Being a Canadian expat living in Taiwan, I generally try to keep my nose out of local political affairs. In Taiwan, there seems to be a big split between those who support the nationalist president in his symbolic speeches and moves towards official independence, and those who support the status quo. Almost every Taiwanese person I know enjoys the notion of independence, but not at the cost of having to fight a losing military battle with the most populated nation in the world.
Christopher Canal, Taipei, Taiwan
The sensible side of the majority would agree that maintaining the status quo serves the best interests of both sides.
JZ, Surrey, UK
I think that it is a good thing that the Chinese and the Taiwanese governments can have a productive dialogue, even if it is only with the minority leader from Taiwan and not the head of government. A war between these two countries would be a global disaster.
J Miner, San Francisco, USA
Lien's obsession with the limelight has brought even more uncertainty to the China Taiwan relations. Granted Chen's government is in the pothole right now, Lien's visit is an obvious self-aggrandizing move and has nothing to be with increasing peace between the two countries. I think Hu just found his new puppet! How about keep the pandas, and while at it, keep the missiles away from Taiwan too!
Jenny, Taipei, Taiwan
As a young mainland Chinese, I don't want to see a war. However, given the rising tension between the two sides, and especially young mainlanders' increasing sentiment of nationalism, I think a war is unavoidable, if Taiwan declares its independence. I hope the talk of Lien Chan will help to maintain the status quo and show Taiwanese that keeping status quo is not a good option. After all, we share the same culture and history. Let's not have a fight even in an inharmonious family.
Jay Zhang, Shanghai
Lien's visit to China had the right motivation but at the wrong time.
Michael Lin, Taiwan
It is not true that Chen has backed himself into a corner, as he has asked for talks with Beijing for years. Now that the CCP has met Lien, the ball is in their court. If they meet with Chen, he gains political standing in Taiwan. If they don't, he can claim they only want to meet with the people they want to be in charge. That would hardly encourage Taiwanese people to support reunification, would it?
Frank, York, UK
It looks very promising that the problem will be solved when they talk and exchange gifts. Personally, I really hate to see the war. However I strongly condemn those people from Taiwan who call themselves Taiwanese. I am from Chengdu in China. In 1949, my grandma's brother-in-law who was a Kuomingdang official, fled to Taiwan and left his wife in Chengdu. He came back to Chengdu several times to see her. Can he call himself Chinese or Taiwanese?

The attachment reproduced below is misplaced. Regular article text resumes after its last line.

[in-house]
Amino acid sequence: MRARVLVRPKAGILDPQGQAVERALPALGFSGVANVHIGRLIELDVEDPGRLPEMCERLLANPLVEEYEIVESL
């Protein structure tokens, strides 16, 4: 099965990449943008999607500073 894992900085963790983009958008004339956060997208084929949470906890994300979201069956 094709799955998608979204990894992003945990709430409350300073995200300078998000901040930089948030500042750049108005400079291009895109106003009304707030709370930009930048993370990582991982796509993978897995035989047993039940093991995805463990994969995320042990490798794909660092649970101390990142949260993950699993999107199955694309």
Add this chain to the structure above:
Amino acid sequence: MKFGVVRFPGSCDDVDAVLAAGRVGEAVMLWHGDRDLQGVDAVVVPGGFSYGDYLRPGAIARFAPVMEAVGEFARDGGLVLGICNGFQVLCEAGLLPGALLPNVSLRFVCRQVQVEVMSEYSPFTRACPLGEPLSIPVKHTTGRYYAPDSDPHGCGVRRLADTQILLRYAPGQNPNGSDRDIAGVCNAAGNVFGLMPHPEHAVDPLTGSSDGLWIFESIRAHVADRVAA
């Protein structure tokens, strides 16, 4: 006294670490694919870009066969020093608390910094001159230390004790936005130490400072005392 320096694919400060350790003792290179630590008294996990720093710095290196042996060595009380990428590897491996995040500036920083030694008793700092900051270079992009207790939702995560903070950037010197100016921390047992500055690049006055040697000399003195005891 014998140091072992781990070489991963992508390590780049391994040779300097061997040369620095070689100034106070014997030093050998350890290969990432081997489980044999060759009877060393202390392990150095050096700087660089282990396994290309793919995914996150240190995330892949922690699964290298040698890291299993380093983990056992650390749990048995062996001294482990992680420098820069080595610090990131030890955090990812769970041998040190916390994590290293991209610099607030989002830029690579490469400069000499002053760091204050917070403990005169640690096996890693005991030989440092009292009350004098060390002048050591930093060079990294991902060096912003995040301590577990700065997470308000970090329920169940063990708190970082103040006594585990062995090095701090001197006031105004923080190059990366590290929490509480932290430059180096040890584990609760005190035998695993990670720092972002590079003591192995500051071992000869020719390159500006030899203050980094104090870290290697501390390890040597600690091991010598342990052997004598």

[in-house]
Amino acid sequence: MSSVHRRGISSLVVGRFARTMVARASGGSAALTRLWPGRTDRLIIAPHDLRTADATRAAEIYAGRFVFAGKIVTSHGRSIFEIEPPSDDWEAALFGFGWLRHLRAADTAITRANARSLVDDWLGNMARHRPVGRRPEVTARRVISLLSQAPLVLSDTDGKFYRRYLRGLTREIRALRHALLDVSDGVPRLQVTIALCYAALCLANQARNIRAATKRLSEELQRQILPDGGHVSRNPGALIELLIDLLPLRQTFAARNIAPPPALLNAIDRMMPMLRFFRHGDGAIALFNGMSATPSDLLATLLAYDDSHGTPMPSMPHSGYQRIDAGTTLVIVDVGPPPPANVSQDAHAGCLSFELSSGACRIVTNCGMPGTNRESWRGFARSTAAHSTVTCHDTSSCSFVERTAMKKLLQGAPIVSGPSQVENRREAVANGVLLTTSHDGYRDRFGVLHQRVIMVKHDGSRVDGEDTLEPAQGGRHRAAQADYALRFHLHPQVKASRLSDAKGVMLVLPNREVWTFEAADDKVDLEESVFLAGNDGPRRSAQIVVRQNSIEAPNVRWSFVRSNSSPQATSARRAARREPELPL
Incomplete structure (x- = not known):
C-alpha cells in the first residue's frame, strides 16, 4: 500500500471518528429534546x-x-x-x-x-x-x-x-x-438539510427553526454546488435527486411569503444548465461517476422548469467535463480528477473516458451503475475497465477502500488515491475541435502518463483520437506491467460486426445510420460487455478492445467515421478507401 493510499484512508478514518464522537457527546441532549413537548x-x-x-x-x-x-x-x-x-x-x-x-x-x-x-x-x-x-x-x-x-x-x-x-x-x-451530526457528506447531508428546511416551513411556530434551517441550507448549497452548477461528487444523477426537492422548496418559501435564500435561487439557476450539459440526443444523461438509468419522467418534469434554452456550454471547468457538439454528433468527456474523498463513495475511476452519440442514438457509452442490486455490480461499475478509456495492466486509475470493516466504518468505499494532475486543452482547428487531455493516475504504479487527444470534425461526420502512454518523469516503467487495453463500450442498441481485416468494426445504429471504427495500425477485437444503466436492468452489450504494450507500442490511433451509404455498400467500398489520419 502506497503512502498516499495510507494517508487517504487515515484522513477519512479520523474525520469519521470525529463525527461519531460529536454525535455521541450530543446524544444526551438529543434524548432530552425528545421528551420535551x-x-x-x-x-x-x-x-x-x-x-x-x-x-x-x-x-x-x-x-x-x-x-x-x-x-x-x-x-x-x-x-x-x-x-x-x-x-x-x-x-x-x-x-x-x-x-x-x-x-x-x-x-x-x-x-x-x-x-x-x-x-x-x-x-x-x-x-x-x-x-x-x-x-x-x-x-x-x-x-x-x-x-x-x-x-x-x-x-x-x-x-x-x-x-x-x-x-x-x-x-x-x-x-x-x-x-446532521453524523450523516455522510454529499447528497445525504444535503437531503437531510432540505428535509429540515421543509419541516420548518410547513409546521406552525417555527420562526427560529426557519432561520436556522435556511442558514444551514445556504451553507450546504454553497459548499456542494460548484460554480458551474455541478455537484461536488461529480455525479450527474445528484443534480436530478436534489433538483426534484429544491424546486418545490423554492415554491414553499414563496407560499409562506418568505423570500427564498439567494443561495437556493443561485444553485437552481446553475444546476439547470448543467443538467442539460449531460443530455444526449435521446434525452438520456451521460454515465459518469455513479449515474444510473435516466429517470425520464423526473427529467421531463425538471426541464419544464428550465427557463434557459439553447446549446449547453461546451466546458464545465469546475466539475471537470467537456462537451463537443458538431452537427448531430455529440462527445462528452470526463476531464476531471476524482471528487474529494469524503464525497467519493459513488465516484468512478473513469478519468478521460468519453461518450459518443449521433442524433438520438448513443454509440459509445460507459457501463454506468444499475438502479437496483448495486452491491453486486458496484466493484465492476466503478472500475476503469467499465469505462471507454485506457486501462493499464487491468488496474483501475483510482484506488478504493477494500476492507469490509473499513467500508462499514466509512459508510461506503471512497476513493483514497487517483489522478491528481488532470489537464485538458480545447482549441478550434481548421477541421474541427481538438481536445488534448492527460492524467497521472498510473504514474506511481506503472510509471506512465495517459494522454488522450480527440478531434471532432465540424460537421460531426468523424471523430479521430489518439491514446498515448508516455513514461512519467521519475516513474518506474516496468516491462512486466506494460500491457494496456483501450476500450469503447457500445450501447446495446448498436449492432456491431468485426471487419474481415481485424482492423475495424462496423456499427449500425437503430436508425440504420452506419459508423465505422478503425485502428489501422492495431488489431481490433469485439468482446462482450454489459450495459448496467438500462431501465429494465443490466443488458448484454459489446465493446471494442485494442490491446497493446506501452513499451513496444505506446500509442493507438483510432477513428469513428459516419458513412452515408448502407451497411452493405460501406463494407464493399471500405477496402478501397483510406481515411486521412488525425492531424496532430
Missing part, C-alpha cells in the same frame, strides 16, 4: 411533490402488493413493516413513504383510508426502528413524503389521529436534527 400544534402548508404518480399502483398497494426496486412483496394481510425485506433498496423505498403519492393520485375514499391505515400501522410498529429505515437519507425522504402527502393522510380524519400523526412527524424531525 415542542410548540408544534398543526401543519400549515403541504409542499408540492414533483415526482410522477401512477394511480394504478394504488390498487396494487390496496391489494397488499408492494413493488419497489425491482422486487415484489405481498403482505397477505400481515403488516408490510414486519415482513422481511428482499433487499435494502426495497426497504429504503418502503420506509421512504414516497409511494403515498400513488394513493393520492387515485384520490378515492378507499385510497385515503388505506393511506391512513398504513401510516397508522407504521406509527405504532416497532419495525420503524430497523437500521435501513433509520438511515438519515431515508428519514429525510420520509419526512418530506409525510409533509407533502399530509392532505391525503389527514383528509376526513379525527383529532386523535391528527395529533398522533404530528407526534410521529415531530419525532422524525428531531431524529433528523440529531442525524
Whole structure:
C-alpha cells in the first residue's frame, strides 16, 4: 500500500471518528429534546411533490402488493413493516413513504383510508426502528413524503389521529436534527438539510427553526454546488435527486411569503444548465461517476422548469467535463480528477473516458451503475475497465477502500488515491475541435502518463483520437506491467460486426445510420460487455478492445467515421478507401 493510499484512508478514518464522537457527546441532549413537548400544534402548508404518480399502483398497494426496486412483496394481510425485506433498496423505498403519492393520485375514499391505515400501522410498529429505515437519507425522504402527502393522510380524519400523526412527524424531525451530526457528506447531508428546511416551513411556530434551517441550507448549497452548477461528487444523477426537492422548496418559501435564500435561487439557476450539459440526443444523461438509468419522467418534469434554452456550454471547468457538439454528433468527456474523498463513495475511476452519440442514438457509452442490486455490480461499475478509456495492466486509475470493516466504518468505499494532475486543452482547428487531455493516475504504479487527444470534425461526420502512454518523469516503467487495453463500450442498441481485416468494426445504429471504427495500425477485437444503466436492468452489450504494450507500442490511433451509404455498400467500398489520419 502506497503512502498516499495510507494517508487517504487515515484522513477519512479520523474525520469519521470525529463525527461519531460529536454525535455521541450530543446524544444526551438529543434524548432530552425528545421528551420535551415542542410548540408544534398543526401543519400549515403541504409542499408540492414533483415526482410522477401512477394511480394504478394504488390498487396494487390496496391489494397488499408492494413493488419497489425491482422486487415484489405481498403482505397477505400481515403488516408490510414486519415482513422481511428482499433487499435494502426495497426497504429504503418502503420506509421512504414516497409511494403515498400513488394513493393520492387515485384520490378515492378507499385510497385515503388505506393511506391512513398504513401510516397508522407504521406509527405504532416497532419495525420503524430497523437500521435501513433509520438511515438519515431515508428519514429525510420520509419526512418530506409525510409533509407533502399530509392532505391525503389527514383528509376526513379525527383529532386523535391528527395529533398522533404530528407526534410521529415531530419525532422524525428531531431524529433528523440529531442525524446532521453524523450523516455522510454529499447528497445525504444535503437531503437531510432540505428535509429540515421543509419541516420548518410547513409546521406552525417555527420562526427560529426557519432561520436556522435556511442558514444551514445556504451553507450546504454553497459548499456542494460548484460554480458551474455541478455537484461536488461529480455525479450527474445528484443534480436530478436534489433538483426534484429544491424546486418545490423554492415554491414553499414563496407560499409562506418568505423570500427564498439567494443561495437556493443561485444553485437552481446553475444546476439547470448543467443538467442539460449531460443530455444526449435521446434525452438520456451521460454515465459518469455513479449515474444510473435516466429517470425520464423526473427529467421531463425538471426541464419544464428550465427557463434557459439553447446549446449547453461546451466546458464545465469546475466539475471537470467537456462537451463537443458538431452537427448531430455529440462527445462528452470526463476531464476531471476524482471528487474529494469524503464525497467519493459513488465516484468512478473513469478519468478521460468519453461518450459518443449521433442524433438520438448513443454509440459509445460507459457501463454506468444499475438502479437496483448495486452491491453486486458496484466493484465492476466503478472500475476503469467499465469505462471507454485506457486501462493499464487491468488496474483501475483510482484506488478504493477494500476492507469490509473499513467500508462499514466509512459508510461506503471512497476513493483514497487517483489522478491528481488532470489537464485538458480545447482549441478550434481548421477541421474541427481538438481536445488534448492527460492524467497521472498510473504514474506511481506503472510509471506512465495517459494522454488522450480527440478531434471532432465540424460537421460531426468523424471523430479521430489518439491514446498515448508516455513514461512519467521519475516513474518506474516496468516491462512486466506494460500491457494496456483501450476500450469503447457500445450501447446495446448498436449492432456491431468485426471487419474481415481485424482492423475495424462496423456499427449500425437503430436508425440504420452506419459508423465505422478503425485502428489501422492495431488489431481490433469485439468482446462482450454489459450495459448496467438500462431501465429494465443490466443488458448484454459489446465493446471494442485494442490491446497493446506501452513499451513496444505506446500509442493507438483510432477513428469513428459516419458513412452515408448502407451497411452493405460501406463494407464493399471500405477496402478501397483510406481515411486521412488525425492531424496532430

Xiao Yao, Chengdu, China
At least, the meeting between Lien and Hu is the first sign of long-due reconciliation, which might probably stop Chen from playing the China trouble card and manipulate the result in the future elections. I praise Lien for taking such a bold step amid calls of being a traitor, even in this forum. It shows he cares for the peace and stability of Taiwan while Chen doesn't.
Chris, Taipei, Taiwan
There is no reason for Taiwan to unite with an authoritarian China. Nevertheless, talks are needed in order for Taiwan to peacefully gain formal independence. But Beijing should talk with the real leader Chen on a state-to-state level, not with the wannabe Lien.
Joe T, Tainan, Taiwan
I would say it's a pseudo-goodwill gesture. Chinese government definitely know what people in Taiwan really want, they just don't want to face it. Moving those missiles pointing at Taiwan would be more touching than giving these so-called gifts.
Although many people doubt this historical meeting, the majority of Taiwan people tend to support this decision, before and after according to the poll test. I can understand why some Taiwan people are eager to be independent, but it seems like Chen Shui-bian's government doesn't handle this issue in a rational way. I'd like to see these politicians have some constructive policies rather than seeing them splitting people in Taiwan.
Yhsing, Taipei, Taiwan
China's approach to Taiwan is very outdated and self-deceptive. The core issue was not if the Taiwanese and Chinese people were getting along. Rather they both wanted to be seen on an equal foot which China refuses. The only solution for Taiwan is that China recognize the island's political entity and get some kind of unification deal that involve both internal reform such as democratizing China and an external deal, including respecting the rights of the Taiwanese people. The EU model is a good one for a future China and Taiwan solution.